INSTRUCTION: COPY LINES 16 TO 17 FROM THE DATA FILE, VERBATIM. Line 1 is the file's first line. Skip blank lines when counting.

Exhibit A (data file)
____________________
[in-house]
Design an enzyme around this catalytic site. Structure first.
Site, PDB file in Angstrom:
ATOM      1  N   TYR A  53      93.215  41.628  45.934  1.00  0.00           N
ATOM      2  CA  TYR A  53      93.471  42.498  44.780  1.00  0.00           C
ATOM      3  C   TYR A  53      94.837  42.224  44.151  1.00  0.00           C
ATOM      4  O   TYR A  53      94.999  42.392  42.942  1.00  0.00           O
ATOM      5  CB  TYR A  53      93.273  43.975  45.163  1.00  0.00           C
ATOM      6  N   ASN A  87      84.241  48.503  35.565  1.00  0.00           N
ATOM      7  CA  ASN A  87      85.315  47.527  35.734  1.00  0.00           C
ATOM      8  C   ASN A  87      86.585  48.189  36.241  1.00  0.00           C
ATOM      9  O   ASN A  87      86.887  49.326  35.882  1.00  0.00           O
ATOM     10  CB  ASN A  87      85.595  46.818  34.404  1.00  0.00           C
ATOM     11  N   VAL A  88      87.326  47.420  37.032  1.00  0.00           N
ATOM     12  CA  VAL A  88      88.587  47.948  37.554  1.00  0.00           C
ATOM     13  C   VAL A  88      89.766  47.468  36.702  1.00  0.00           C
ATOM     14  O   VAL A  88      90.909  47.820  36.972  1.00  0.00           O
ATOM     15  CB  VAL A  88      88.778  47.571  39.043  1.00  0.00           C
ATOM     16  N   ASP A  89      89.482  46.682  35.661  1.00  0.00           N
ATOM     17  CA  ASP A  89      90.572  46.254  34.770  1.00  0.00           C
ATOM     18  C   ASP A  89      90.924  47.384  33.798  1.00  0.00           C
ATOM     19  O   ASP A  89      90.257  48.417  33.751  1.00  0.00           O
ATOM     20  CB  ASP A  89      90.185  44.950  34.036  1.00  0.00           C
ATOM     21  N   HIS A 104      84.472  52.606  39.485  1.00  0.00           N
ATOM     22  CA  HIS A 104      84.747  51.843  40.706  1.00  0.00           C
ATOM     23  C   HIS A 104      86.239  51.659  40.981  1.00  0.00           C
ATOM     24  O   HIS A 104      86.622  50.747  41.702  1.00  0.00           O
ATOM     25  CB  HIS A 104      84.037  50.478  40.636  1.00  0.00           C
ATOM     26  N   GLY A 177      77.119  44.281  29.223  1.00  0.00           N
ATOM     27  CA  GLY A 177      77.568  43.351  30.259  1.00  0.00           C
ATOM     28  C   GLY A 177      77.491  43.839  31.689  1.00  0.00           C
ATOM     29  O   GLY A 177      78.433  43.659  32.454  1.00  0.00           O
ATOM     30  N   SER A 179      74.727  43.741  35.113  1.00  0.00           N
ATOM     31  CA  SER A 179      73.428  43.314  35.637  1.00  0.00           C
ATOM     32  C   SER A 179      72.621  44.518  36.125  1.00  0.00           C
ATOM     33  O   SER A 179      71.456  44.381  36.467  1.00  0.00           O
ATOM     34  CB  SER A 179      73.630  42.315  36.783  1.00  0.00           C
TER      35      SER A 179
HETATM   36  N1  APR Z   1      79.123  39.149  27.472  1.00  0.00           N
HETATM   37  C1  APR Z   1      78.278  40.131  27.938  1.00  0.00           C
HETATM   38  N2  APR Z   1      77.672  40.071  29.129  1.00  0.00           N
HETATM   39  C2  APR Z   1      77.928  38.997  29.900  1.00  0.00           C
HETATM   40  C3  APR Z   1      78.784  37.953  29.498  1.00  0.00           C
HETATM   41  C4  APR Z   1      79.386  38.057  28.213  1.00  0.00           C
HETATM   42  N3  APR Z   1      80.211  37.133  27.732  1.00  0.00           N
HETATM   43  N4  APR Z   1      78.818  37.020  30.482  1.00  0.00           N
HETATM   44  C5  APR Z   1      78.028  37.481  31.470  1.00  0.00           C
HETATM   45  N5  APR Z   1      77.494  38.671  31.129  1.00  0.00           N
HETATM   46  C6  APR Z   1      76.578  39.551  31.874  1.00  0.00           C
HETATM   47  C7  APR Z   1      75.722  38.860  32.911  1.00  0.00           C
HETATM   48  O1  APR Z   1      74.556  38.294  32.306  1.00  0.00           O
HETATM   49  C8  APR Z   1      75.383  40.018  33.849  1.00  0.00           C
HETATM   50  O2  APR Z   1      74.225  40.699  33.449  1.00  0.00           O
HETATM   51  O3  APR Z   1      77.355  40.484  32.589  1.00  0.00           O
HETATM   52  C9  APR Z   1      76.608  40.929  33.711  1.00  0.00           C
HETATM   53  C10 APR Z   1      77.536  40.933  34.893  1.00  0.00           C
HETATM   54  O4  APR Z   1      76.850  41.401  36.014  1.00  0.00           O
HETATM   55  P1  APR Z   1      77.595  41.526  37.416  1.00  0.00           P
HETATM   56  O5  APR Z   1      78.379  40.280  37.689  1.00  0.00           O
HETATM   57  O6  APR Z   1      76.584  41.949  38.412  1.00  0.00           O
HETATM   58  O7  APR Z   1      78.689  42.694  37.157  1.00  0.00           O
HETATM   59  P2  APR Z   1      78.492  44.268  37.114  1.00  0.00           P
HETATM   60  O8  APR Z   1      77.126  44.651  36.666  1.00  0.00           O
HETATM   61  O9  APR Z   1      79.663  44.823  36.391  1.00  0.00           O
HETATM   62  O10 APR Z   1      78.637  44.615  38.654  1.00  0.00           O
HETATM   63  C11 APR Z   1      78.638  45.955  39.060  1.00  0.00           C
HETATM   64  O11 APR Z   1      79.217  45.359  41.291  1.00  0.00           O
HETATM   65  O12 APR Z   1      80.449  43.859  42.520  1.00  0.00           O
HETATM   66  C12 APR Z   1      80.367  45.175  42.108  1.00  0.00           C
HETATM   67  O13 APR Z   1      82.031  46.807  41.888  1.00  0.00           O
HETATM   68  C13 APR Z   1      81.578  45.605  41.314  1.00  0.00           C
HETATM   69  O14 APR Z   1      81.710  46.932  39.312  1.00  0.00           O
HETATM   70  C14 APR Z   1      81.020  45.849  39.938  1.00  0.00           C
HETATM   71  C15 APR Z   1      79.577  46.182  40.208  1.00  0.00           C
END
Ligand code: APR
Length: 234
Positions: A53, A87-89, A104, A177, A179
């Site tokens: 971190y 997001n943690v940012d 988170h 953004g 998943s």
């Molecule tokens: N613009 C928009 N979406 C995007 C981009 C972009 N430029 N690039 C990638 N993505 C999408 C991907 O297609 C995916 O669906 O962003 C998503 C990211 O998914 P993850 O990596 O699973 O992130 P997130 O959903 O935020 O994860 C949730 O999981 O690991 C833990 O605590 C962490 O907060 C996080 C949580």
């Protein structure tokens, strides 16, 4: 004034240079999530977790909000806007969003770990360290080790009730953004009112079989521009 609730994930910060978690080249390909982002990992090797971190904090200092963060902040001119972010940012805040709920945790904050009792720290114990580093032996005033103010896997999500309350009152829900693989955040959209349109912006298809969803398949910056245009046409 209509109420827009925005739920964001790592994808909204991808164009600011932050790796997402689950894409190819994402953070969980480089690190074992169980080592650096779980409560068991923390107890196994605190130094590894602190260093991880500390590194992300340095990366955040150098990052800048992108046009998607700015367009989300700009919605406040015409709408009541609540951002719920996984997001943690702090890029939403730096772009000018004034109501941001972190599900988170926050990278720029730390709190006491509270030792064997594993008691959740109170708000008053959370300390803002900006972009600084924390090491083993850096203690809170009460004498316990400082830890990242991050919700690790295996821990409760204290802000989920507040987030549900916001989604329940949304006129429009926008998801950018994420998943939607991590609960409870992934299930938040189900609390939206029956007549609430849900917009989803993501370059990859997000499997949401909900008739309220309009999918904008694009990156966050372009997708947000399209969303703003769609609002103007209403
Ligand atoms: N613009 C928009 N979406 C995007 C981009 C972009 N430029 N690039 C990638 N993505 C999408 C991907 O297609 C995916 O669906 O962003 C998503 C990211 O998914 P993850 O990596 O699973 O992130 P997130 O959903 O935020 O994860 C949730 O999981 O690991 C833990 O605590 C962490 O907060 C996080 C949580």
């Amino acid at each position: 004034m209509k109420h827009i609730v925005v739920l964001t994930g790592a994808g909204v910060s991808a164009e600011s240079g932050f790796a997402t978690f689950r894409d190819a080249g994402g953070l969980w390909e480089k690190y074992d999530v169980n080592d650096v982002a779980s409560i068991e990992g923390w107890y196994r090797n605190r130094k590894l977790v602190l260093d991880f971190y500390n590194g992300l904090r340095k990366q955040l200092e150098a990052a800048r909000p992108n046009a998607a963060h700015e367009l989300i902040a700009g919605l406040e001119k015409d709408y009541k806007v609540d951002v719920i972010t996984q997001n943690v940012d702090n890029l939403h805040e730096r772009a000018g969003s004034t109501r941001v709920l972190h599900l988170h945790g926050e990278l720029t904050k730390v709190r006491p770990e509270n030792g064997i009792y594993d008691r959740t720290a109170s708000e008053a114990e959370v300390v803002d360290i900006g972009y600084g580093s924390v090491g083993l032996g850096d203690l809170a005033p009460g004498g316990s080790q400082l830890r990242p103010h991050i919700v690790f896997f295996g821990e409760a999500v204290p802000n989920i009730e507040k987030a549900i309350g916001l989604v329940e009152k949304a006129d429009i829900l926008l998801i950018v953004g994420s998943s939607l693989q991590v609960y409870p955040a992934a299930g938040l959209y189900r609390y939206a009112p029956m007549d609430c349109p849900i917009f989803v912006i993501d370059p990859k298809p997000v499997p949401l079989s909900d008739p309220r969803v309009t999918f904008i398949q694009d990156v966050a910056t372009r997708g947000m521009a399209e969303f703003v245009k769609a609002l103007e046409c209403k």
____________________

ATOM     13  C   VAL A  88      89.766  47.468  36.702  1.00  0.00           C
ATOM     14  O   VAL A  88      90.909  47.820  36.972  1.00  0.00           O